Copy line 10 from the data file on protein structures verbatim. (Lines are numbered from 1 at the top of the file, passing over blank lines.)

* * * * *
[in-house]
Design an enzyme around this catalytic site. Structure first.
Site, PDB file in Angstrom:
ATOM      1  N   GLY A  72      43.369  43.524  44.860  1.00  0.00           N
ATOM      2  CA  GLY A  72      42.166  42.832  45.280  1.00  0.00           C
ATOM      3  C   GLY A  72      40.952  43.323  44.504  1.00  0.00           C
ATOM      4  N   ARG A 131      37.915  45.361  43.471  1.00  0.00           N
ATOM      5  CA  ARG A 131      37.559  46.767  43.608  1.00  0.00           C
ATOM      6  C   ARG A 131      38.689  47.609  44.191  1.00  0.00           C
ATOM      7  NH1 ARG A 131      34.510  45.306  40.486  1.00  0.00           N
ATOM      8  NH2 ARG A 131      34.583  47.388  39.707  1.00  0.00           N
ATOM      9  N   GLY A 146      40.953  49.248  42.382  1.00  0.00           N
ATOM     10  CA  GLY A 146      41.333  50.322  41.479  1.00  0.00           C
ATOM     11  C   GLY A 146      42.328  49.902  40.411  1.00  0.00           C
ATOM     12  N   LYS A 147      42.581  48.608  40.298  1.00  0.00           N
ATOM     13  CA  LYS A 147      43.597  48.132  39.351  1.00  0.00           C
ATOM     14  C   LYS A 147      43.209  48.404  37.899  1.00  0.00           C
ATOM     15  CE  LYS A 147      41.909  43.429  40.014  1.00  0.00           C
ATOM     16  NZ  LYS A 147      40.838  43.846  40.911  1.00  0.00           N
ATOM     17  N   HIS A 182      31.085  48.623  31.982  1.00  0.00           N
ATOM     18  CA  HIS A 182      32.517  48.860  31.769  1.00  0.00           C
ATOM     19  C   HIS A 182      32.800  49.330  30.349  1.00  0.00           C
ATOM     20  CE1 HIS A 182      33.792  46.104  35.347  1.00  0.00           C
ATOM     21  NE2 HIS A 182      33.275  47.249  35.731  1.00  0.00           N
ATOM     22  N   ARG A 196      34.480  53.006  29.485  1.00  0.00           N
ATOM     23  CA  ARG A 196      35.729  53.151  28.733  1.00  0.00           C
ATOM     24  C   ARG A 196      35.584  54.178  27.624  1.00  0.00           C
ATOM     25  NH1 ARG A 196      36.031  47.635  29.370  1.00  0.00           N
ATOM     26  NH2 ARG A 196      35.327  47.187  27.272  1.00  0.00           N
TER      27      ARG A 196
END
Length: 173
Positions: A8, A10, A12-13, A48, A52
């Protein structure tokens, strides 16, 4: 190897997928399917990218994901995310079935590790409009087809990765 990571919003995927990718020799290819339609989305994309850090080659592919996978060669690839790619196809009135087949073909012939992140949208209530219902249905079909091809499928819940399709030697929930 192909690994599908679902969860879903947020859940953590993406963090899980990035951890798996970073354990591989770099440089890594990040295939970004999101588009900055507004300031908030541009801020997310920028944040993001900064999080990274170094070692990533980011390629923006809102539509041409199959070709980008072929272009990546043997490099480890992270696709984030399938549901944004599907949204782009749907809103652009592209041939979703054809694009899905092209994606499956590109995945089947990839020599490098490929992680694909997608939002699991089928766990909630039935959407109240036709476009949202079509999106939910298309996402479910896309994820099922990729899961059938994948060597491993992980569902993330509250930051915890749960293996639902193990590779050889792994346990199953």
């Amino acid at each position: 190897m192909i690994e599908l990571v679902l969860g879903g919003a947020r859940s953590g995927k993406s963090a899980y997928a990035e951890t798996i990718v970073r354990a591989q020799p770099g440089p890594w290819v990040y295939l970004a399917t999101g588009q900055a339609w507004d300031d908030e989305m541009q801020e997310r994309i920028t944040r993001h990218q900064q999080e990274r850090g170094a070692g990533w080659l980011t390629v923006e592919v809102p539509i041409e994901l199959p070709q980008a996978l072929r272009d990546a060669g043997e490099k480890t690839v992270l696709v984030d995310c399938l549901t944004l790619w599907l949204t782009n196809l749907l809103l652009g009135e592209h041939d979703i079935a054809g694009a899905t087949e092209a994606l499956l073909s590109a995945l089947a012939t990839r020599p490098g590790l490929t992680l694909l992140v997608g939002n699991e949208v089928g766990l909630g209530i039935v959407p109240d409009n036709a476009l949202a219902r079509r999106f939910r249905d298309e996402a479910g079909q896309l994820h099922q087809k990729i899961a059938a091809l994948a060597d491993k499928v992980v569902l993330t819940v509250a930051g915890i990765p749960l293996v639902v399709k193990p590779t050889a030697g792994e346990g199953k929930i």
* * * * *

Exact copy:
ATOM      7  NH1 ARG A 131      34.510  45.306  40.486  1.00  0.00           N